Drug Product Liability (LAW-991-001)
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More product liability lawsuits are filed against prescription drug manufacturers than against all other industries combined. As one legal scholar put it, the pharmaceutical industry is now “in tobacco-land in terms of how much people hate it,” and drug product liability litigation is now a “growth industry.”
This course will consider the theory and practice of such lawsuits before, and now after, the Supreme Court’s recent landmark decision in Wyeth v. Levine (2009). At the outset, we will focus on the similarities and differences between such litigation and other product liability cases, using the “Phen-Fen” cases tried by the instructor as a model, and on the special context of FDA regulation. We will then consider the legal principles governing such lawsuits, such as inadequate warning; the learned intermediary doctrine; and medical causation. As part of each class, we will review the manner in which the controlling issues were presented to a jury using the edited record of a recent pharma products trial.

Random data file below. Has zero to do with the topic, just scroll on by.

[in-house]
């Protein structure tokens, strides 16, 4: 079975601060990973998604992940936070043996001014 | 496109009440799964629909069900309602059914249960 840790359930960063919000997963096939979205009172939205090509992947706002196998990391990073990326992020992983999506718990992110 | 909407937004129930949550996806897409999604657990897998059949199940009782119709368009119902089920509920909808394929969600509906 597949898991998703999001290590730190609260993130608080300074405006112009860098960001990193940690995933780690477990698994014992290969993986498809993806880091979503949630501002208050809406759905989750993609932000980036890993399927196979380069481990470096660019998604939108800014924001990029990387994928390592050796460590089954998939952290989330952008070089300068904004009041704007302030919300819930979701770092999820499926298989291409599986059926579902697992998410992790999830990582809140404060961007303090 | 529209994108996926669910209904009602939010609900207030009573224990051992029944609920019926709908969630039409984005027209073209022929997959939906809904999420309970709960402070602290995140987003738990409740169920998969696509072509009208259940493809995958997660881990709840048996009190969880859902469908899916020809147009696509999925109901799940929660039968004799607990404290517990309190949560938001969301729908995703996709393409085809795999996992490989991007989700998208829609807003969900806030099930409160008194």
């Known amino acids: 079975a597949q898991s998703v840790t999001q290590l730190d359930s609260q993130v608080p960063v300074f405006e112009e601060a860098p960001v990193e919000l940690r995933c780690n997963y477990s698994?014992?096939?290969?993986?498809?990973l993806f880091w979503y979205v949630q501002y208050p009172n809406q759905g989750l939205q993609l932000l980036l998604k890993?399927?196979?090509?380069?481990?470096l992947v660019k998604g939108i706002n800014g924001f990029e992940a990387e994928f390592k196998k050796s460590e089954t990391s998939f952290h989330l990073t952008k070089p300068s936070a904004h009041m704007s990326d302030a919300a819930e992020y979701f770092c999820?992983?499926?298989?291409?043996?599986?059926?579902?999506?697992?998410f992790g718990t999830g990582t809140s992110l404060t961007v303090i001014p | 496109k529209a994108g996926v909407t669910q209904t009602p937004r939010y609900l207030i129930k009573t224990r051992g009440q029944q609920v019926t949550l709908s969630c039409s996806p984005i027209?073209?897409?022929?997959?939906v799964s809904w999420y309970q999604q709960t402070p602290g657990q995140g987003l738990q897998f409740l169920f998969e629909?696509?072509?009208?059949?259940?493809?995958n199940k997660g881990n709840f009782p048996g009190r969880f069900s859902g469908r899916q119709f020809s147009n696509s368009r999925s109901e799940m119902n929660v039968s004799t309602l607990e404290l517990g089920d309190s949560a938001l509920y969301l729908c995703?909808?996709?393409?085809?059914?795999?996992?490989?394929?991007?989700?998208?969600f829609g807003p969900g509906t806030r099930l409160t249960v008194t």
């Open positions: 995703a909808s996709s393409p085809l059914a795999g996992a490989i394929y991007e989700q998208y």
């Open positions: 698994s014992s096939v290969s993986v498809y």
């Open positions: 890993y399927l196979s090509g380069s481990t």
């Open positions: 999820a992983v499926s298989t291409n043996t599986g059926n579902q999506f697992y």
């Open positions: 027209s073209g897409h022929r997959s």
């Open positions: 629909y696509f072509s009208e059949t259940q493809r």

The course will also consider the practical application of these doctrines, including the problems when doctors are witnesses; discovery strategies; and techniques to present complex information to juries. For the final class, each student will prepare one portion of opposing opening statements, based on the edited trial record they have been reviewing, which will then be combined and presented to a “jury” recruited from the D.C. area.
There is no prerequisite for this course.
Course Requirements: A “bench memo” due Week 8; a 6-7 page section of the final jury presentation due Week 12; class participation. No exam.
Textbooks and Other Materials
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First Class Readings
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